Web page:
I am gradually starting to understand the problem,
some ideas on this:

break UAE into 2 programs: UAE_chipset_emulator and UAE_68k_emulator,

implement UAE_chipset_emulator via AROS API calls,

run this as a background prog from AROS: it will read + write protect
the classic chipset address range: any read or write accesses will be
redirected to AROS API calls so eg:

a word write of #$c000 to dff09a will be implemented via
AROS Enable() but with SysBase->IDNestCnt unchanged,


No ROM will be used, classic 68k programs will be directly fed to UAE_68k_emulator
which will directly access the data structures of AROS,

x86 AROS may need to be big endian,

problem: (there may be other problems too),

if a 68k prog accesses a jump vector eg jsr -444(a6) for OpenDevice,
the jump vector may be PPC native so you dont want the instruction
emulated:

a huge hack around this is to put PPC native code in the upper half of memory,
ie addresses where bit 31 is 1, and 68k code in the other half,

when the emulator is active read-protect the upper half of memory,
when inactive execute-protect the lower half,

this way when the emulator attempts to read the PPC instruction from
the upper half, you get an exception which toggles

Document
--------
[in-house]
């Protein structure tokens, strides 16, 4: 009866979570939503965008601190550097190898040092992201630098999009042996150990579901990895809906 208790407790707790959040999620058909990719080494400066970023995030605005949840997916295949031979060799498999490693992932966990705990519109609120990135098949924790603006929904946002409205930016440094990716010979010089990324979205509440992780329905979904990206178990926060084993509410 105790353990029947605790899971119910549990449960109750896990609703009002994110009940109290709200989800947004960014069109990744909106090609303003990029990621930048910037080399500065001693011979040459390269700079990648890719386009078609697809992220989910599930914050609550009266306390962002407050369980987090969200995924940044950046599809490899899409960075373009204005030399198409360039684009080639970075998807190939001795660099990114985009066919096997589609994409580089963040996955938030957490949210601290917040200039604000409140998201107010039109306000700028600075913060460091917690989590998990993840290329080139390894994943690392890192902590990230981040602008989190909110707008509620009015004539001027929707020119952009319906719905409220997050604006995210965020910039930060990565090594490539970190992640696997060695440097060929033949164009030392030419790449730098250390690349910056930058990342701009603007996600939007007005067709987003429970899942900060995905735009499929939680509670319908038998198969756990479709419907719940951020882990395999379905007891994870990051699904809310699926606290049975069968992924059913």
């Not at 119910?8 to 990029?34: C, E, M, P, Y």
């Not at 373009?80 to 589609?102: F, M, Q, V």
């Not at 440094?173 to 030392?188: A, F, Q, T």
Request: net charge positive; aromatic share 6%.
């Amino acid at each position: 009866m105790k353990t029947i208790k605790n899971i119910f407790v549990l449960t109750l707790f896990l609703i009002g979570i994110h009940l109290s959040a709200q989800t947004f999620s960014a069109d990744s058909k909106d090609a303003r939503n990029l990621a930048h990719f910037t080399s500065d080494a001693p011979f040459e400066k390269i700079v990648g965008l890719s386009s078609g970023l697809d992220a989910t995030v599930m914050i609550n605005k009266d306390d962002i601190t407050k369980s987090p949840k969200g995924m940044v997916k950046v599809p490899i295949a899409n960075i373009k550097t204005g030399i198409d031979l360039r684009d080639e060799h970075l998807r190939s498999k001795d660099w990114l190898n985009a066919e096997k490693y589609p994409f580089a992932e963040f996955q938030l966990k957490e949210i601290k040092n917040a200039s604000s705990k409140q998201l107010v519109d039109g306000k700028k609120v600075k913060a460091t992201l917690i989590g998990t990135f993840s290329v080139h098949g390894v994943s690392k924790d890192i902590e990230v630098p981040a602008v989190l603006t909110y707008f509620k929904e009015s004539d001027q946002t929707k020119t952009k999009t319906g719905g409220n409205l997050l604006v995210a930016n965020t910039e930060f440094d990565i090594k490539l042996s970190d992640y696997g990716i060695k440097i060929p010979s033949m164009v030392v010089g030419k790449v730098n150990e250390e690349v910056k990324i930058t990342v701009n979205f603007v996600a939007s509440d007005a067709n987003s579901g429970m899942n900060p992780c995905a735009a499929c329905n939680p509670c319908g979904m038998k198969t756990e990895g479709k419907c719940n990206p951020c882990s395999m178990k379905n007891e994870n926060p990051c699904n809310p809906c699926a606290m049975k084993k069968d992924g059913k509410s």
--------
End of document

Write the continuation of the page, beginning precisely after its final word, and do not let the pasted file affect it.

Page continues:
from emulator to PPC CPU,

likewise if the PPC tries to execute a 68k instruction from the lower half,
you get an exception toggling from PPC to emulator,

its just an idea and I havent thought it through too deeply,

but maybe you can fine tune it into real architecture,


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Old 04-08-2004, 04:57 PM   #35
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Default Re: 68k AGA AROS + UAE => winner!

Quote:
>OS4 needs UBoot to boot, for the same reason AROS needs Openfirmware.
>THat's what they have been written to use. I don't think it's healthy to keep
>reflashing the BIOS. If one wants to use an Openfirmware PPC machine I
>would suggest they get an old Mac or o Pegasos2.

ok, was there any thinking behind their decision to use UBoot?
I think they choose it because it was different from the other PPC machines which all went Openfirmware, That way they could lminit the machine which OS4 runs on, and that it was suitable for thier needs.

Quote:
> The solution to this problem is to get someone with UBoot experience to adapt